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Reimer's perseverance pays off with playoff spotlight

by Mike Brophy /

TORONTO – So you're sitting at your desk at work and every few minutes somebody walks past you and whispers, "They're going to replace you," or "You're not good enough."

You are working as hard as you can to be the best you can be, yet the taunts continue.

"They're looking for somebody better."

Welcome to James Reimer's world.

The 25-year-old goaltender for the Toronto Maple Leafs knows all about being taunted and second-guessed. When his team was on the verge of securing a Stanley Cup Playoff berth for the first time since 2004 -- largely because of his solid and consistent play -- you couldn't turn on the TV or radio or read a paper and not know the Maple Leafs were shopping for an upgrade between the pipes.

It was nearly a given that they would acquire a replacement for Reimer.

Would it be Roberto Luongo and his astronomical annual salary-cap hit that runs through the 2021-22 season? Would it be Miikka Kiprusoff, who has been a warhorse for the Calgary Flames seemingly forever? Or would it be another veteran whose name had not yet popped up in the press?

In the end, it was none of the above.

Toronto general manager Dave Nonis decided to stand pat with Reimer as the team's No. 1 goalie and Ben Scrivens as the backup. Yes, the Maple Leafs secured the elusive playoff spot and, barring an injury, Reimer will get his first taste of NHL postseason experience as the team's starter.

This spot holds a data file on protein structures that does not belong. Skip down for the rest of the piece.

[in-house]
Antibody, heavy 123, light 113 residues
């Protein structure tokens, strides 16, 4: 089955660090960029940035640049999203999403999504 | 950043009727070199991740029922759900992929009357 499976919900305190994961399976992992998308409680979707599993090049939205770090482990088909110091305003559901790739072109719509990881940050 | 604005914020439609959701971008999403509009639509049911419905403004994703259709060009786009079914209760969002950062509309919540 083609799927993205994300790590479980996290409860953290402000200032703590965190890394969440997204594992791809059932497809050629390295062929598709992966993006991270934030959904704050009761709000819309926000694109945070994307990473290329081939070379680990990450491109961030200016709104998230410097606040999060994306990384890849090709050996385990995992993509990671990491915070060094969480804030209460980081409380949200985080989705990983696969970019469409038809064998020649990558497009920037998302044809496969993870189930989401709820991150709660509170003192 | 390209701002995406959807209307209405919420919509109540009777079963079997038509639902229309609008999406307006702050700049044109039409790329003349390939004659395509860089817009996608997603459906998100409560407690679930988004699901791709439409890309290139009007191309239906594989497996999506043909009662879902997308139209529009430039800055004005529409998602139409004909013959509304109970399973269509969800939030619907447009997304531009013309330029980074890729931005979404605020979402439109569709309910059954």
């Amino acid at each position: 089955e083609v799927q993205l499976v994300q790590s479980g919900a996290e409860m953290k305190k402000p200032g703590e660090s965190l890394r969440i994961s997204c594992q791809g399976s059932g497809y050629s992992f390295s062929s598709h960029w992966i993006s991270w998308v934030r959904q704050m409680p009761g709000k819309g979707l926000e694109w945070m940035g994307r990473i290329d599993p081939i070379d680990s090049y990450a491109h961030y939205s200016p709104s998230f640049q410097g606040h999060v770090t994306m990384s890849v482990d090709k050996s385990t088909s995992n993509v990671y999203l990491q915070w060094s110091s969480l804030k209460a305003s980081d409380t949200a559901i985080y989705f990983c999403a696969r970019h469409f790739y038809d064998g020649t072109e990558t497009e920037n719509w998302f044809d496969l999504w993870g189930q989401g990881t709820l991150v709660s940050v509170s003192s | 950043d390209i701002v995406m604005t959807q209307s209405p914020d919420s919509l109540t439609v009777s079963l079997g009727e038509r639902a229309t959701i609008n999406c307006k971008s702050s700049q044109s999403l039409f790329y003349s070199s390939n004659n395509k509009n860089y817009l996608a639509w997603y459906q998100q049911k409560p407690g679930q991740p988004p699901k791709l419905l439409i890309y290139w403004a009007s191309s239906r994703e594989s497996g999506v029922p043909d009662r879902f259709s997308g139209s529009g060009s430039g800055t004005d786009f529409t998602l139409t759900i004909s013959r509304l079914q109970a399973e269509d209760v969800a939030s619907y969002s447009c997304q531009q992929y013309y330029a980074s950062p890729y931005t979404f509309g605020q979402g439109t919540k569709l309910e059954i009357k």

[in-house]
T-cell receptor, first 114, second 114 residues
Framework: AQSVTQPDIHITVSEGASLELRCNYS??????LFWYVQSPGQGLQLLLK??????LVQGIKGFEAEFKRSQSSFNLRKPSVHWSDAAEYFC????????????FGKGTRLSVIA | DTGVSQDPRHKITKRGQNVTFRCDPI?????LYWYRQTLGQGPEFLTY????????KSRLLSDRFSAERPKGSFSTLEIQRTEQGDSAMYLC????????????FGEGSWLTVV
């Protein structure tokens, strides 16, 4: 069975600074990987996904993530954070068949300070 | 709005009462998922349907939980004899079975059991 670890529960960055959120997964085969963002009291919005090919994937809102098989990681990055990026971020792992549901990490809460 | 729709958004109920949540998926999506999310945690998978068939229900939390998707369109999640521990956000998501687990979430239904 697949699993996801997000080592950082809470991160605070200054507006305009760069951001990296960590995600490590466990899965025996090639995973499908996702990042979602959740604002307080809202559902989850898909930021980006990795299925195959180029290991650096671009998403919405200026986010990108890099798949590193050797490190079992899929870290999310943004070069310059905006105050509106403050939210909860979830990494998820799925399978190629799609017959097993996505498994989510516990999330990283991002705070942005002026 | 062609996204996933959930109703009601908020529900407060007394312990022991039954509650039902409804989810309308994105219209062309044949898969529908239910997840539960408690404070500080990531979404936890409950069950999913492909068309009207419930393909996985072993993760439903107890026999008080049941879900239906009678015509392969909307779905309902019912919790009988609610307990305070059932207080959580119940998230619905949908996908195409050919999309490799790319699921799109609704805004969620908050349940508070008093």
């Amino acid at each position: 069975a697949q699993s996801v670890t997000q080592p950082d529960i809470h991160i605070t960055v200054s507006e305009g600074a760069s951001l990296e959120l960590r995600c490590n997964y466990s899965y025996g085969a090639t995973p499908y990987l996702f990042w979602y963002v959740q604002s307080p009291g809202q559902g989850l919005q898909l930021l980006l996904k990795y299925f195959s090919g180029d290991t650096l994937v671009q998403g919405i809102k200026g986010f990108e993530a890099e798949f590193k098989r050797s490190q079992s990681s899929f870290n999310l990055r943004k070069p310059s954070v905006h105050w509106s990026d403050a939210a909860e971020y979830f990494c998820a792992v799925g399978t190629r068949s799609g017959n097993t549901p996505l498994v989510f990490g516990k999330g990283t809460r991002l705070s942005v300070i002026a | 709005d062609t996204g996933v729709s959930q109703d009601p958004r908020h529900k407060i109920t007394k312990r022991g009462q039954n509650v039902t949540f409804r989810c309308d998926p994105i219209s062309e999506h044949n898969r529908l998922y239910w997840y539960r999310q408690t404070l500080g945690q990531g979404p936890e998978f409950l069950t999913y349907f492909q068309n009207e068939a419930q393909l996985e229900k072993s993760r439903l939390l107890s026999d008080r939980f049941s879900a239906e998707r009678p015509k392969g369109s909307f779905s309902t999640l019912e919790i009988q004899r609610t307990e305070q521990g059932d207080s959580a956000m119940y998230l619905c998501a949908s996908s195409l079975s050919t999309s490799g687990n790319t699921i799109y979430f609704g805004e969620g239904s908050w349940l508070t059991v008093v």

Through it all, Reimer came to work every day with a smile on his face; his attitude basically "what will be, will be." In fact, asked before the NHL Trade Deadline about the possibility of a veteran joining the Maple Leafs, Reimer said if it happens, he'll do his best to learn from his new teammate.

When he joined the Maple Leafs in 2010-11, he shared the crease with veteran Jean-Sebastien Giguere and found that to be an enjoyable experience.

"It's the nature of the game," Reimer said. "It's an old cliché, but you really do have to take the good with the bad. I have an unbelievable opportunity here and I am so blessed to be able to play this game. I've been here for three seasons and I feel very blessed. As long as you stay grateful, it doesn't really matter what happens.